Only hours later, I was sewing for the angels who had first touched me and in the weeks that followed, I was blessed to witness how these hearts had in turn, touched their families.
Several months after drafting up my own pattern for Angel Hearts, I shared my personal project with a visiting friend. As a photographer of the Now I Lay Me Down to Sleep Foundation, she had worked personally with bereaving parents, and considered the healing benefits these hearts could offer, an immense gift. Following her return home, she too began sharing weighted hearts and has found they have fulfilled the mission we had both hoped for hurting families.
Throughout my experiences sharing Angel Hearts, I have always wished I could reach more. Recently with the opening of Hazel and Gather, a commonsense solution presented itself to share this extremely meaningful pattern through it. Though this pattern may be simple, it has more of my heart than I may ever put into any other pattern.
What are Angel Hearts
As mentioned earlier, Angel Hearts are fabric hearts, filled to weigh the EXACT amount of the baby at the time of their passing. Weighted memory hearts can provide comfort to parents as they keep fresh the memory of how it felt to hold their little ones. They fill empty arms and help soothe aching hearts by standing as a present reminder of the angels who left us too soon. Angel Hearts are also a way whereby friends, family and strangers can reach out to say, “I will remember your angel with you. As you miss them, so will I. I will be there to hear you say their name, smile at their memory, and walk alongside you in this tragedy. I will love them with you.”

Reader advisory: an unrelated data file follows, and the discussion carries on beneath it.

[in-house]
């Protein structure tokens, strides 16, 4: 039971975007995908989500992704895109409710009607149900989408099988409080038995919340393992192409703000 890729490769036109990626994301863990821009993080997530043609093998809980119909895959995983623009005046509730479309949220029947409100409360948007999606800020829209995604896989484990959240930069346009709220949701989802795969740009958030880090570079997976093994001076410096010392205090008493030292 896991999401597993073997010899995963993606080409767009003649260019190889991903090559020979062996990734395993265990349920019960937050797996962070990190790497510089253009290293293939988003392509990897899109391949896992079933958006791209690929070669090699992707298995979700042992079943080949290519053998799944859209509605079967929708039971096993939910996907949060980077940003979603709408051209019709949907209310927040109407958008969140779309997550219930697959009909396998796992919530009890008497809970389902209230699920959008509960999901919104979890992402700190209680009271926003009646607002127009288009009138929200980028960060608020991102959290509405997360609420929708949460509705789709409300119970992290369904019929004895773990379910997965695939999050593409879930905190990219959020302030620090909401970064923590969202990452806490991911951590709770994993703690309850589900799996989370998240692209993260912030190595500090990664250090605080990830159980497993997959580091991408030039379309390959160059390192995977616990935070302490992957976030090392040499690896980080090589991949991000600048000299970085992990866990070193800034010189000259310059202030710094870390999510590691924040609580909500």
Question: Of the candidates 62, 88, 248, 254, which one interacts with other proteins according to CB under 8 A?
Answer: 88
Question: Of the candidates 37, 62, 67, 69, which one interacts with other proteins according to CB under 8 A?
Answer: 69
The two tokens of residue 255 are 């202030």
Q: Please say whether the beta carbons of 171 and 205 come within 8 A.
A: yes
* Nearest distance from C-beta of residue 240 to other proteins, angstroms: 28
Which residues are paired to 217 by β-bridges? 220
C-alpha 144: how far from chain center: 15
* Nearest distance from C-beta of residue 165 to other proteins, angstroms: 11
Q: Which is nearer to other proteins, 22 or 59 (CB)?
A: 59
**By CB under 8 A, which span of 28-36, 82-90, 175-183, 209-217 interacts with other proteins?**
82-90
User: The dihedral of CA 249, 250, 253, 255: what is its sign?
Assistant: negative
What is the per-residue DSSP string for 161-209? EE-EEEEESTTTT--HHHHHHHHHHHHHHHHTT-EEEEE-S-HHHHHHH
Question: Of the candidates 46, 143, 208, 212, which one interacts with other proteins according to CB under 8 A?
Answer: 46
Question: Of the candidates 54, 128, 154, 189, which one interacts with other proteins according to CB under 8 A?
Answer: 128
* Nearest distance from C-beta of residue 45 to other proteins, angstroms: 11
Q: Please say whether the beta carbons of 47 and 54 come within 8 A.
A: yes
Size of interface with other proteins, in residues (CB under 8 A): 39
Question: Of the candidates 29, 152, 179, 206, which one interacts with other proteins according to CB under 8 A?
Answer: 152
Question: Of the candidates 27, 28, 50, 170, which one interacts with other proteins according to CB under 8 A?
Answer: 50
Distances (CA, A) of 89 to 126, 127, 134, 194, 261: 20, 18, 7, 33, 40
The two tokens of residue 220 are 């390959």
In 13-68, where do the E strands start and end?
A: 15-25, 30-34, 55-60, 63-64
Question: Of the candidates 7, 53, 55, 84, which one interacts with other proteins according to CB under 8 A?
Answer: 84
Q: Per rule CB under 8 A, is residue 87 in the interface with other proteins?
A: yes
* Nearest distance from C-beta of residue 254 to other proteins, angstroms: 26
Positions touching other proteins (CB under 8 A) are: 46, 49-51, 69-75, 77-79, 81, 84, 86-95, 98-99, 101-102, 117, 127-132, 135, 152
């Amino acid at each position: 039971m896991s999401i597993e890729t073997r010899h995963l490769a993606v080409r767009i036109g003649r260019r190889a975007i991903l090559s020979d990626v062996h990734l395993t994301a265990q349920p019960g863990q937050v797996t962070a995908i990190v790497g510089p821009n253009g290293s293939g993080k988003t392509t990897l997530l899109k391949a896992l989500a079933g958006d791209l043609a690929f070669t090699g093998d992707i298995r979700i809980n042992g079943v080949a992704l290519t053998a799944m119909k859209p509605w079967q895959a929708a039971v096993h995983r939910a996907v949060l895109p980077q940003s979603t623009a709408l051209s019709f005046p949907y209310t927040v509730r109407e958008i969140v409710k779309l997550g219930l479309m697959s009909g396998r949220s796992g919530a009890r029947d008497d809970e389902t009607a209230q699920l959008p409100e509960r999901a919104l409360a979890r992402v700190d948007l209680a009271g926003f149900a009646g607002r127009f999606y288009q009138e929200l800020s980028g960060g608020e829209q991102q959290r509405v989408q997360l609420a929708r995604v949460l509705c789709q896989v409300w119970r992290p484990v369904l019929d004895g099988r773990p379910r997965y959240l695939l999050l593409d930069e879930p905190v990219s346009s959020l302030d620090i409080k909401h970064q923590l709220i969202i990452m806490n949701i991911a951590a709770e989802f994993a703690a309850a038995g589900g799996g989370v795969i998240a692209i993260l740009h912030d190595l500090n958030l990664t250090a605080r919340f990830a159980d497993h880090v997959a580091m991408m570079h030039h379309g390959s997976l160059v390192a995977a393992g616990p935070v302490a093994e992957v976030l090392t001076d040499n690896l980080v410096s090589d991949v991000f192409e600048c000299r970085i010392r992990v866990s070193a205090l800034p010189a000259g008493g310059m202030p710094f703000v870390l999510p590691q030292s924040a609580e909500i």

In short, Angel Hearts are a heartfelt effort to connect bereaving parents with the memory of their angels and provide an opportunity for supportive resources to reach out.
Beyond the Heart – Helping the Bereaved
Many people observing tragedy feel insecure in their ability to provide comfort for those mourning. Often, they simply don’t know where or how to begin. Here are five ways in which you can offer relief to bereaving families.
Don’t avoid grieving parents. Even when you don’t know what to say, sometimes a shoulder to cry on or a listening ear is all that is needed.
Listen & Talk About Their Angel
Their babies lived. They are as much a part of a family as any other member. Keeping them a part of daily discussion, helps family members feel close to the memory of their angels and validates the time they were here. If you have experienced loss, share your story. You may be one of the only people that can relate to the battle they are fighting.